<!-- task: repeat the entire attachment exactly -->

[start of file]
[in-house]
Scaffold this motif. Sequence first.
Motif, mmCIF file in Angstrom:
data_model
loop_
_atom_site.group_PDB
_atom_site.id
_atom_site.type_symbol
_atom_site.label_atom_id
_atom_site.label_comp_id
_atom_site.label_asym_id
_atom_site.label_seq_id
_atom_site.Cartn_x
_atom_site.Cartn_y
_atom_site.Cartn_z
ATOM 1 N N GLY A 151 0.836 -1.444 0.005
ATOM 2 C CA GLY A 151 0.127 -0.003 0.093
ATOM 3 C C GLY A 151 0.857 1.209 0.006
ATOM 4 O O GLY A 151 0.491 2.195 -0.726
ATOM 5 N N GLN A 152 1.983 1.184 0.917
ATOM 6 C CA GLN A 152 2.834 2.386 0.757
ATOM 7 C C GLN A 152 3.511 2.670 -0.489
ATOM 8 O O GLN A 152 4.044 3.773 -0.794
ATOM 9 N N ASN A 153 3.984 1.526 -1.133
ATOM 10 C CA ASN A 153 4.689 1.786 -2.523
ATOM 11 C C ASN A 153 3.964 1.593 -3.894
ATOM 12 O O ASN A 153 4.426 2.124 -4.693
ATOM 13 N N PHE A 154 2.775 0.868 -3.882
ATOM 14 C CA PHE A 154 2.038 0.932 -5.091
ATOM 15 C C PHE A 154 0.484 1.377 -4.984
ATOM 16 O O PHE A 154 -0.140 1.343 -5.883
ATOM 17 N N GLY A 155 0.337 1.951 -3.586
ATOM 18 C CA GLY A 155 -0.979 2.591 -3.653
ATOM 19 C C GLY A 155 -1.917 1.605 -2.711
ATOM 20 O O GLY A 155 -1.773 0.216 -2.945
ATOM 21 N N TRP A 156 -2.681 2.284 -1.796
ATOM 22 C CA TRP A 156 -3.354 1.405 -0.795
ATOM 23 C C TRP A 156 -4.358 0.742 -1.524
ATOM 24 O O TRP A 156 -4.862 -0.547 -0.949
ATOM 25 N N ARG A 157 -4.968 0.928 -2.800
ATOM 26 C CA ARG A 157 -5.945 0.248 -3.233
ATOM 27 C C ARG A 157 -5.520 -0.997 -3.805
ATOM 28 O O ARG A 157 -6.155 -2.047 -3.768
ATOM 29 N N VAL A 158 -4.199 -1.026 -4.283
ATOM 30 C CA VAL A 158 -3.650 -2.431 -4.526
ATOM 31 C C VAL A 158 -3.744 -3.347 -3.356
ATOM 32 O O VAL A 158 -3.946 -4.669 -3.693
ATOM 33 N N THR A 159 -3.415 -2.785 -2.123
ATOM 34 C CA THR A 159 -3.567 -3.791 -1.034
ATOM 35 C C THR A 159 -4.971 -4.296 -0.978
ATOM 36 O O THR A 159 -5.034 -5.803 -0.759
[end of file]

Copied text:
[in-house]
Scaffold this motif. Sequence first.
Motif, mmCIF file in Angstrom:
data_model
loop_
_atom_site.group_PDB
_atom_site.id
_atom_site.type_symbol
_atom_site.label_atom_id
_atom_site.label_comp_id
_atom_site.label_asym_id
_atom_site.label_seq_id
_atom_site.Cartn_x
_atom_site.Cartn_y
_atom_site.Cartn_z
ATOM 1 N N GLY A 151 0.836 -1.444 0.005
ATOM 2 C CA GLY A 151 0.127 -0.003 0.093
ATOM 3 C C GLY A 151 0.857 1.209 0.006
ATOM 4 O O GLY A 151 0.491 2.195 -0.726
ATOM 5 N N GLN A 152 1.983 1.184 0.917
ATOM 6 C CA GLN A 152 2.834 2.386 0.757
ATOM 7 C C GLN A 152 3.511 2.670 -0.489
ATOM 8 O O GLN A 152 4.044 3.773 -0.794
ATOM 9 N N ASN A 153 3.984 1.526 -1.133
ATOM 10 C CA ASN A 153 4.689 1.786 -2.523
ATOM 11 C C ASN A 153 3.964 1.593 -3.894
ATOM 12 O O ASN A 153 4.426 2.124 -4.693
ATOM 13 N N PHE A 154 2.775 0.868 -3.882
ATOM 14 C CA PHE A 154 2.038 0.932 -5.091
ATOM 15 C C PHE A 154 0.484 1.377 -4.984
ATOM 16 O O PHE A 154 -0.140 1.343 -5.883
ATOM 17 N N GLY A 155 0.337 1.951 -3.586
ATOM 18 C CA GLY A 155 -0.979 2.591 -3.653
ATOM 19 C C GLY A 155 -1.917 1.605 -2.711
ATOM 20 O O GLY A 155 -1.773 0.216 -2.945
ATOM 21 N N TRP A 156 -2.681 2.284 -1.796
ATOM 22 C CA TRP A 156 -3.354 1.405 -0.795
ATOM 23 C C TRP A 156 -4.358 0.742 -1.524
ATOM 24 O O TRP A 156 -4.862 -0.547 -0.949
ATOM 25 N N ARG A 157 -4.968 0.928 -2.800
ATOM 26 C CA ARG A 157 -5.945 0.248 -3.233
ATOM 27 C C ARG A 157 -5.520 -0.997 -3.805
ATOM 28 O O ARG A 157 -6.155 -2.047 -3.768
ATOM 29 N N VAL A 158 -4.199 -1.026 -4.283
ATOM 30 C CA VAL A 158 -3.650 -2.431 -4.526
ATOM 31 C C VAL A 158 -3.744 -3.347 -3.356
ATOM 32 O O VAL A 158 -3.946 -4.669 -3.693
ATOM 33 N N THR A 159 -3.415 -2.785 -2.123
ATOM 34 C CA THR A 159 -3.567 -3.791 -1.034
ATOM 35 C C THR A 159 -4.971 -4.296 -0.978
ATOM 36 O O THR A 159 -5.034 -5.803 -0.759